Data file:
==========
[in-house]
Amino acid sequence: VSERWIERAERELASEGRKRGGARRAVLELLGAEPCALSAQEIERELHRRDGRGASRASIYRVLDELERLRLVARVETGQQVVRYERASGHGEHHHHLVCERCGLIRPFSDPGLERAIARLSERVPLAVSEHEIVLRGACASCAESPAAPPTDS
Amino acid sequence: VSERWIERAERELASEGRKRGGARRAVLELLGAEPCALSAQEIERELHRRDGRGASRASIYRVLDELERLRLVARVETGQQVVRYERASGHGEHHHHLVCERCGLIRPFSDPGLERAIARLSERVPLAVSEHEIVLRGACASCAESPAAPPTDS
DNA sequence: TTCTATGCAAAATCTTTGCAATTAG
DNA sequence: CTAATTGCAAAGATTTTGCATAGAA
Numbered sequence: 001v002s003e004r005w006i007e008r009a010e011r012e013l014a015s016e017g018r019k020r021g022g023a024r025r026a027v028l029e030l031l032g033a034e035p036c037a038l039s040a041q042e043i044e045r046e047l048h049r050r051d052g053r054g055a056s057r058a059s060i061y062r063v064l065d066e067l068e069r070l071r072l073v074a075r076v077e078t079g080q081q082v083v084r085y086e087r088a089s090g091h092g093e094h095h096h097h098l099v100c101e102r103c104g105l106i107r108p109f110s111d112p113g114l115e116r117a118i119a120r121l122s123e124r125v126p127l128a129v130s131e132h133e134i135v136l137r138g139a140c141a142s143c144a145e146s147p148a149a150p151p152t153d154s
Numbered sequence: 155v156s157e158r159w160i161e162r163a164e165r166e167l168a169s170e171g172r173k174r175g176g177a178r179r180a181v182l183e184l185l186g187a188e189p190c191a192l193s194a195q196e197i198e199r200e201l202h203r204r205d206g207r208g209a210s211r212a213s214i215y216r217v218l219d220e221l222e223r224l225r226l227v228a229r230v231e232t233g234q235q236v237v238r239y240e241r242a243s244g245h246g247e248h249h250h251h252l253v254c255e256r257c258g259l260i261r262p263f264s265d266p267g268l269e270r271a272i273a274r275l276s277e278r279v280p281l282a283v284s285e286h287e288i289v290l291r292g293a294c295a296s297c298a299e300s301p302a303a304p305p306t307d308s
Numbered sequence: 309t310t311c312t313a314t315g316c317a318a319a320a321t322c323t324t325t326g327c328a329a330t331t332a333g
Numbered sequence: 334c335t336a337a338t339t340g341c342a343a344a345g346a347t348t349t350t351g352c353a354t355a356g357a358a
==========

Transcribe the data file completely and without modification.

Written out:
[in-house]
Amino acid sequence: VSERWIERAERELASEGRKRGGARRAVLELLGAEPCALSAQEIERELHRRDGRGASRASIYRVLDELERLRLVARVETGQQVVRYERASGHGEHHHHLVCERCGLIRPFSDPGLERAIARLSERVPLAVSEHEIVLRGACASCAESPAAPPTDS
Amino acid sequence: VSERWIERAERELASEGRKRGGARRAVLELLGAEPCALSAQEIERELHRRDGRGASRASIYRVLDELERLRLVARVETGQQVVRYERASGHGEHHHHLVCERCGLIRPFSDPGLERAIARLSERVPLAVSEHEIVLRGACASCAESPAAPPTDS
DNA sequence: TTCTATGCAAAATCTTTGCAATTAG
DNA sequence: CTAATTGCAAAGATTTTGCATAGAA
Numbered sequence: 001v002s003e004r005w006i007e008r009a010e011r012e013l014a015s016e017g018r019k020r021g022g023a024r025r026a027v028l029e030l031l032g033a034e035p036c037a038l039s040a041q042e043i044e045r046e047l048h049r050r051d052g053r054g055a056s057r058a059s060i061y062r063v064l065d066e067l068e069r070l071r072l073v074a075r076v077e078t079g080q081q082v083v084r085y086e087r088a089s090g091h092g093e094h095h096h097h098l099v100c101e102r103c104g105l106i107r108p109f110s111d112p113g114l115e116r117a118i119a120r121l122s123e124r125v126p127l128a129v130s131e132h133e134i135v136l137r138g139a140c141a142s143c144a145e146s147p148a149a150p151p152t153d154s
Numbered sequence: 155v156s157e158r159w160i161e162r163a164e165r166e167l168a169s170e171g172r173k174r175g176g177a178r179r180a181v182l183e184l185l186g187a188e189p190c191a192l193s194a195q196e197i198e199r200e201l202h203r204r205d206g207r208g209a210s211r212a213s214i215y216r217v218l219d220e221l222e223r224l225r226l227v228a229r230v231e232t233g234q235q236v237v238r239y240e241r242a243s244g245h246g247e248h249h250h251h252l253v254c255e256r257c258g259l260i261r262p263f264s265d266p267g268l269e270r271a272i273a274r275l276s277e278r279v280p281l282a283v284s285e286h287e288i289v290l291r292g293a294c295a296s297c298a299e300s301p302a303a304p305p306t307d308s
Numbered sequence: 309t310t311c312t313a314t315g316c317a318a319a320a321t322c323t324t325t326g327c328a329a330t331t332a333g
Numbered sequence: 334c335t336a337a338t339t340g341c342a343a344a345g346a347t348t349t350t351g352c353a354t355a356g357a358a